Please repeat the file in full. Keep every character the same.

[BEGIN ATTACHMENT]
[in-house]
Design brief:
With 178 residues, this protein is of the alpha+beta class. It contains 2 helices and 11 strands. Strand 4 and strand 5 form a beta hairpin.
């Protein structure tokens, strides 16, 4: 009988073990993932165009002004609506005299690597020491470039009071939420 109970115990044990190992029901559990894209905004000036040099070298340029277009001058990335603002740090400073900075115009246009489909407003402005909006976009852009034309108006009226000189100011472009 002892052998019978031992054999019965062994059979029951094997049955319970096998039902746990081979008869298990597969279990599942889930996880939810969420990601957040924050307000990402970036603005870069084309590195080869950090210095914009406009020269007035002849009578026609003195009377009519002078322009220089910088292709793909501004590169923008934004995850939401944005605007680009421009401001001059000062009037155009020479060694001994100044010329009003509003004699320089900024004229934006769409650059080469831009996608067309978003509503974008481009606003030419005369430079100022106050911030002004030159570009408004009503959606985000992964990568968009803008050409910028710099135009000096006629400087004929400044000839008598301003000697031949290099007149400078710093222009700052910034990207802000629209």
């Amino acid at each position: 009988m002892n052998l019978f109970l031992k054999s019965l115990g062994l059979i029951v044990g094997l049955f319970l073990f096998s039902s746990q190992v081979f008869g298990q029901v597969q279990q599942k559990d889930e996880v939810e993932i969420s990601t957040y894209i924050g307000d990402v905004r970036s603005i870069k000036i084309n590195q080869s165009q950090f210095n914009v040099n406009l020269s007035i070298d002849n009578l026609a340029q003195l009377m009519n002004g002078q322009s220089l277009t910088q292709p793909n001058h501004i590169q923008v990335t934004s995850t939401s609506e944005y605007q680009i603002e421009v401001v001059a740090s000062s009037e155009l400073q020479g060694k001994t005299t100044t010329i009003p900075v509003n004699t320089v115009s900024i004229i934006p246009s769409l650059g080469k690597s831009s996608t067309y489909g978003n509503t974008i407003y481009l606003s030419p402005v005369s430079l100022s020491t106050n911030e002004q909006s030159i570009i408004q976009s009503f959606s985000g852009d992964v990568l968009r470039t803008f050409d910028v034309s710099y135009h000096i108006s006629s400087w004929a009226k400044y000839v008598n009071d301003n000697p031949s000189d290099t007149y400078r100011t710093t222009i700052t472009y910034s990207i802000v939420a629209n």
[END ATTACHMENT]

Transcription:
[in-house]
Design brief:
With 178 residues, this protein is of the alpha+beta class. It contains 2 helices and 11 strands. Strand 4 and strand 5 form a beta hairpin.
């Protein structure tokens, strides 16, 4: 009988073990993932165009002004609506005299690597020491470039009071939420 109970115990044990190992029901559990894209905004000036040099070298340029277009001058990335603002740090400073900075115009246009489909407003402005909006976009852009034309108006009226000189100011472009 002892052998019978031992054999019965062994059979029951094997049955319970096998039902746990081979008869298990597969279990599942889930996880939810969420990601957040924050307000990402970036603005870069084309590195080869950090210095914009406009020269007035002849009578026609003195009377009519002078322009220089910088292709793909501004590169923008934004995850939401944005605007680009421009401001001059000062009037155009020479060694001994100044010329009003509003004699320089900024004229934006769409650059080469831009996608067309978003509503974008481009606003030419005369430079100022106050911030002004030159570009408004009503959606985000992964990568968009803008050409910028710099135009000096006629400087004929400044000839008598301003000697031949290099007149400078710093222009700052910034990207802000629209």
């Amino acid at each position: 009988m002892n052998l019978f109970l031992k054999s019965l115990g062994l059979i029951v044990g094997l049955f319970l073990f096998s039902s746990q190992v081979f008869g298990q029901v597969q279990q599942k559990d889930e996880v939810e993932i969420s990601t957040y894209i924050g307000d990402v905004r970036s603005i870069k000036i084309n590195q080869s165009q950090f210095n914009v040099n406009l020269s007035i070298d002849n009578l026609a340029q003195l009377m009519n002004g002078q322009s220089l277009t910088q292709p793909n001058h501004i590169q923008v990335t934004s995850t939401s609506e944005y605007q680009i603002e421009v401001v001059a740090s000062s009037e155009l400073q020479g060694k001994t005299t100044t010329i009003p900075v509003n004699t320089v115009s900024i004229i934006p246009s769409l650059g080469k690597s831009s996608t067309y489909g978003n509503t974008i407003y481009l606003s030419p402005v005369s430079l100022s020491t106050n911030e002004q909006s030159i570009i408004q976009s009503f959606s985000g852009d992964v990568l968009r470039t803008f050409d910028v034309s710099y135009h000096i108006s006629s400087w004929a009226k400044y000839v008598n009071d301003n000697p031949s000189d290099t007149y400078r100011t710093t222009i700052t472009y910034s990207i802000v939420a629209n």